In 2008, Lalit Modi was instrumental in launching the Indian Premier League (IPL), a league based around Twenty20 cricket, where each team is limited to batting for a maximum of 20 overs. he also engineered the Indian Premier League’s move to South Africa in 2009 after the dates of the tournament clashed with the Indian general election and the Union Minister of Home Affairs, P. Chidambaram, could not commit to the security of the tournament.
The IPL has since grown into one of the world’s biggest sports, worth over US$4 billion. The commercial success of the Indian Premier League and Modi’s control of the league has led to him being compared to Don King and Bernie Ecclestone.
In 2010, Modi oversaw the bidding process and creation of two new teams in the Indian Premier League. Pune and Kochi were declared the new franchises. A Twitter entry by Modi declaring the stakeholders of the Kochi IPL Team allegedly breaching confidentiality agreements led to the resignation of the then Indian Minister of State for External Affairs Dr. Shashi Tharoor.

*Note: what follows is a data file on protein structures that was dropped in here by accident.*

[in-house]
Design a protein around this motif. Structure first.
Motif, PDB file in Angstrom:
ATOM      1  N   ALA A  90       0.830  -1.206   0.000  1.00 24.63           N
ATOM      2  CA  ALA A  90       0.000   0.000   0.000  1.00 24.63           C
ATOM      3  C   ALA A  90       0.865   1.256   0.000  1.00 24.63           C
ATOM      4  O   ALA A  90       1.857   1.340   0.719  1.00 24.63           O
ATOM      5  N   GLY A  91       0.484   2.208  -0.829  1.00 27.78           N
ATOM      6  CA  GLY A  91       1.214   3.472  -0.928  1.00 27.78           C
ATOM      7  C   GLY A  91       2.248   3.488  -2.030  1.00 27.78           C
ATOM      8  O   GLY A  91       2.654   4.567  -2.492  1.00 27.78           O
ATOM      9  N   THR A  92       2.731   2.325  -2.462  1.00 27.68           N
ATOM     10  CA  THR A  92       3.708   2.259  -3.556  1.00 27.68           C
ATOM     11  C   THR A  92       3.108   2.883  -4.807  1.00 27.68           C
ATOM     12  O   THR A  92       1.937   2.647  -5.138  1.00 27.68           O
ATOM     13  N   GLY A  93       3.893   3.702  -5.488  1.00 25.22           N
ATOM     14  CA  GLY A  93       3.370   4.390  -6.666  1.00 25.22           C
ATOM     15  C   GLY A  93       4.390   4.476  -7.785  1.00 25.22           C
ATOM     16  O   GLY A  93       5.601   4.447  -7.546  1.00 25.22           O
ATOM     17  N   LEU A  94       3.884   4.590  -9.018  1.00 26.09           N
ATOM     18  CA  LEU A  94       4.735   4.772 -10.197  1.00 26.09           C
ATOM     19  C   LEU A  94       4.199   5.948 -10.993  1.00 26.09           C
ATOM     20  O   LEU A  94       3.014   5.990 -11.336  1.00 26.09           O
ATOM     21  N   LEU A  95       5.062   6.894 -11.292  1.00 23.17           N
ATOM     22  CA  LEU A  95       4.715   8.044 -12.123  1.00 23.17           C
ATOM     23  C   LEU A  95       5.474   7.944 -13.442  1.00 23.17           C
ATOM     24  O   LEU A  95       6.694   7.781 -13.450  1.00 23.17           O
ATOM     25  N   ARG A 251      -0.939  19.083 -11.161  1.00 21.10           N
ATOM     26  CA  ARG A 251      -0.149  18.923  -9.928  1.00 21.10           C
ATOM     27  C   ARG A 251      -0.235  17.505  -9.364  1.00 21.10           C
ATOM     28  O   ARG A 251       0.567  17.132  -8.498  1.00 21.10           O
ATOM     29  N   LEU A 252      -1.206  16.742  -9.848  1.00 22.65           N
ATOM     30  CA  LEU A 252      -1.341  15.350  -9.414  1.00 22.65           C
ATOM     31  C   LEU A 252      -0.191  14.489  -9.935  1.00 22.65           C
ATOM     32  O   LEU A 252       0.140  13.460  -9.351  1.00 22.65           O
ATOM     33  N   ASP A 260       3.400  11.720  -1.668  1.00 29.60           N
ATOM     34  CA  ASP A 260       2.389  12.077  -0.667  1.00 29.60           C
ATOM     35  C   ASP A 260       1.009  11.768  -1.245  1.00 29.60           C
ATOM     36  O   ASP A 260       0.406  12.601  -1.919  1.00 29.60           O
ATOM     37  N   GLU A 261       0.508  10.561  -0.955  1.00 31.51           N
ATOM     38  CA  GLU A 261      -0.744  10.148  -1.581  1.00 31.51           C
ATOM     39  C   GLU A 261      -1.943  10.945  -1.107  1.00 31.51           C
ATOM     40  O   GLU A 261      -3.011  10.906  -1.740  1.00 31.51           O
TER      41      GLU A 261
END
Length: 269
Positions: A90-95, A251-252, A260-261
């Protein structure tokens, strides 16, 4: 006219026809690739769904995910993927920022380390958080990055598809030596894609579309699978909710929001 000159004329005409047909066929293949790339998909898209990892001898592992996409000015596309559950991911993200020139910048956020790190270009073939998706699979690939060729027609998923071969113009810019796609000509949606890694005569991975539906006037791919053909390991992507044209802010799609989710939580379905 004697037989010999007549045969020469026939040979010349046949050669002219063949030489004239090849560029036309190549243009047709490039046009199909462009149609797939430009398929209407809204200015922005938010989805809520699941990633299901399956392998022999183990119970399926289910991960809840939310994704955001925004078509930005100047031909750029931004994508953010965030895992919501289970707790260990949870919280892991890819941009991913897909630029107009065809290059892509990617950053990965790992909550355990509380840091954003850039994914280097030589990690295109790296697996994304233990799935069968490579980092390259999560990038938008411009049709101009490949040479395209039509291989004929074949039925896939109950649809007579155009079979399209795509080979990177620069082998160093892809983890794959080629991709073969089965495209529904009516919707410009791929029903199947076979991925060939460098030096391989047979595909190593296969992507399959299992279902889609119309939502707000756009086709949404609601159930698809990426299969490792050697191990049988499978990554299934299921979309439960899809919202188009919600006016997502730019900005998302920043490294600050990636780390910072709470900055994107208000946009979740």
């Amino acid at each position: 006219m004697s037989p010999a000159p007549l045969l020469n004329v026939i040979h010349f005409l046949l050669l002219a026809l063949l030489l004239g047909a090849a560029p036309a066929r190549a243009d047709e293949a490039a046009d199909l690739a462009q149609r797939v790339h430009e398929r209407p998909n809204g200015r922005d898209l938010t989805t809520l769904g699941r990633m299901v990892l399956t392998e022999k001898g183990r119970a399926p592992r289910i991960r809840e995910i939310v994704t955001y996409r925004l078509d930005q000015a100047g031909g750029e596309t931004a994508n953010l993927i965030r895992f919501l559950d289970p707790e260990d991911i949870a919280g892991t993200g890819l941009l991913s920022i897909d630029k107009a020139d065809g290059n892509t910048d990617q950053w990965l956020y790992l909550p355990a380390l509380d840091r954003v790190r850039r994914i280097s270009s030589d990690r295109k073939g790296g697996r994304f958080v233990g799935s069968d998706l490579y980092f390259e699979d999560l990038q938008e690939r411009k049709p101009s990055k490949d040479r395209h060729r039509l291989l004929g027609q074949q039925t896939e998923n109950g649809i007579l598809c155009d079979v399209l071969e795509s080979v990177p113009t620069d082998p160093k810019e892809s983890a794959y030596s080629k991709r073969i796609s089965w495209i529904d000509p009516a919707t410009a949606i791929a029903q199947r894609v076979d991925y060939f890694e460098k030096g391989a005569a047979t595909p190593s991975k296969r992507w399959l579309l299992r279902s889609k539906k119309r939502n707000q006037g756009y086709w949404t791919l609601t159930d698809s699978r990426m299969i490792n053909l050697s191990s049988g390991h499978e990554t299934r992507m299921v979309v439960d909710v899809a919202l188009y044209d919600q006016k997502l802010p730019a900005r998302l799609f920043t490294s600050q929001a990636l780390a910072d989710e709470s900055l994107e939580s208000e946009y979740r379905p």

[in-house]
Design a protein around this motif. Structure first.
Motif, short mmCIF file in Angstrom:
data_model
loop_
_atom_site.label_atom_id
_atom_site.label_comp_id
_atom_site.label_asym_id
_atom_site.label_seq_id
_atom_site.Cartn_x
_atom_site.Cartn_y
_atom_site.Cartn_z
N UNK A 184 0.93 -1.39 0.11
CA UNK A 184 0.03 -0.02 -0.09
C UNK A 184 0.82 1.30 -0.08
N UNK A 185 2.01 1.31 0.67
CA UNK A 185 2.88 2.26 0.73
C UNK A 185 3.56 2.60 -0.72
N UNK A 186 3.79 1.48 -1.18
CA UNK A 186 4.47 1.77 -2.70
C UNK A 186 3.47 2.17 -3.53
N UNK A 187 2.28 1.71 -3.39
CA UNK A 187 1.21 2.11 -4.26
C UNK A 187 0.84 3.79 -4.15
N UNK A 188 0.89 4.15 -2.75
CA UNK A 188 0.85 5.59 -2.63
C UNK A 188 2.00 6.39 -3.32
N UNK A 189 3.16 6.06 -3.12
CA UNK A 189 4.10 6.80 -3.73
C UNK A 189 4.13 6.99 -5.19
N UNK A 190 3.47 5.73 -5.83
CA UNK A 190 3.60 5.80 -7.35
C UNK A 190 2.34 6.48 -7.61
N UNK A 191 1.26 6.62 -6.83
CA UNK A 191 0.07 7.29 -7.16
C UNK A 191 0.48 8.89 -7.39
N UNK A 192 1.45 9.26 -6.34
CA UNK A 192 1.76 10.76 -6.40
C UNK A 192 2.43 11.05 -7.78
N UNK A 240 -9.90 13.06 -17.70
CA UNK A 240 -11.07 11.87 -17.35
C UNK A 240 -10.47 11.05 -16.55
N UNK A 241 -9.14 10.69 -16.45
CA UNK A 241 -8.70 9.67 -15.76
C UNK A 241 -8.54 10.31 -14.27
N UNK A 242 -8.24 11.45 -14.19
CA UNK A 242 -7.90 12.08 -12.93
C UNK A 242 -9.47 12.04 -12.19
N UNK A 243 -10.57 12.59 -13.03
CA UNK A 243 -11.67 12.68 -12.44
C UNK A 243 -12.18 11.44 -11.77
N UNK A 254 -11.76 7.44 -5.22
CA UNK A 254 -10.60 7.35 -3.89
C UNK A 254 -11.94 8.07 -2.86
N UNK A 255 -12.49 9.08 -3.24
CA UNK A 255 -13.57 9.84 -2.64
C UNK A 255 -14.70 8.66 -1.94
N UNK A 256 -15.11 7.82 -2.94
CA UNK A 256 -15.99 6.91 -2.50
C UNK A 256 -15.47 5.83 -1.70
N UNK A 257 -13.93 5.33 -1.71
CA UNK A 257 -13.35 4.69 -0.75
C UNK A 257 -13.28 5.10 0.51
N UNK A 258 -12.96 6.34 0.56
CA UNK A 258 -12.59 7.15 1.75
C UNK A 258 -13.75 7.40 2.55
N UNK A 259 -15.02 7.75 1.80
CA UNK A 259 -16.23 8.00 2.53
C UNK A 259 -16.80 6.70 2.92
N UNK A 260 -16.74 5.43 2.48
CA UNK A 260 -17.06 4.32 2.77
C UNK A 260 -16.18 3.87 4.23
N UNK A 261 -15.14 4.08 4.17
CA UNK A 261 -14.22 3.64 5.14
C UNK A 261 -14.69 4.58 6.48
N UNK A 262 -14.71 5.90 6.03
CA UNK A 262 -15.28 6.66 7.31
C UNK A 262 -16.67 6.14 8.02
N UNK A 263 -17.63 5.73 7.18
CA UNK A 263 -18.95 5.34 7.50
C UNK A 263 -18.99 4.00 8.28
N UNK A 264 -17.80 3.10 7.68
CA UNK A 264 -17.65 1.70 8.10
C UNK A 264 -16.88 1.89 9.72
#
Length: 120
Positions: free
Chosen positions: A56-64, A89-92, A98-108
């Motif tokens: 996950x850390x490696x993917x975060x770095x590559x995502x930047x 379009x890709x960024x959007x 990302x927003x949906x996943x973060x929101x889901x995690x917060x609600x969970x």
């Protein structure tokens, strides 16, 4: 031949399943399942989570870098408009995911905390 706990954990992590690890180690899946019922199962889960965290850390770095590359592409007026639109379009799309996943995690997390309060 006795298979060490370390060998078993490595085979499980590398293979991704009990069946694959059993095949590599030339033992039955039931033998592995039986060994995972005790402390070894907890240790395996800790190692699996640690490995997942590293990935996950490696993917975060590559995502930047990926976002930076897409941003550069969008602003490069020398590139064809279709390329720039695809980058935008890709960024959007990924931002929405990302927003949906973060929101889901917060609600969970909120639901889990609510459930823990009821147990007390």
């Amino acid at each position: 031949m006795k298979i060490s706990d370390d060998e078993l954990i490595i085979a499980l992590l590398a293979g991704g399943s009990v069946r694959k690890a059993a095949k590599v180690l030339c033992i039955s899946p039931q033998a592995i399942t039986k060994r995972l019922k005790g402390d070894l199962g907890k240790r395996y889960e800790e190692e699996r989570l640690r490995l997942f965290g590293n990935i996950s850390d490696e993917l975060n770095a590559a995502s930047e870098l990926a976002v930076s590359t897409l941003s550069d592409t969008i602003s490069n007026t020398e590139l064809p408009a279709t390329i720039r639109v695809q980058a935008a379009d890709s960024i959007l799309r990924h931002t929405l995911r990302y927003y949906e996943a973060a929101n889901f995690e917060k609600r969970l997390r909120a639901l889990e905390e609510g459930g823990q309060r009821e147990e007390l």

Modi was then suspended as Chairman and Commissioner of the IPL in April 2010. A suspension notice and a 34-page letter stating 22 charges of impropriety were served via email to Modi. Modi publicly protested his innocence immediately after the 2010 Indian Premier League Final had been played.
An income tax department report on Modi has revealed that he holds a silent stake in three IPL teams – the Rajasthan Royals, Kolkata Knight Riders and Kings XI Punjab. Furthermore, there are questions as to whether Modi was involved in match fixing and betting in Indian Premier League games. He is also under fire for helping his family and friends buy stakes in Indian Premier League teams.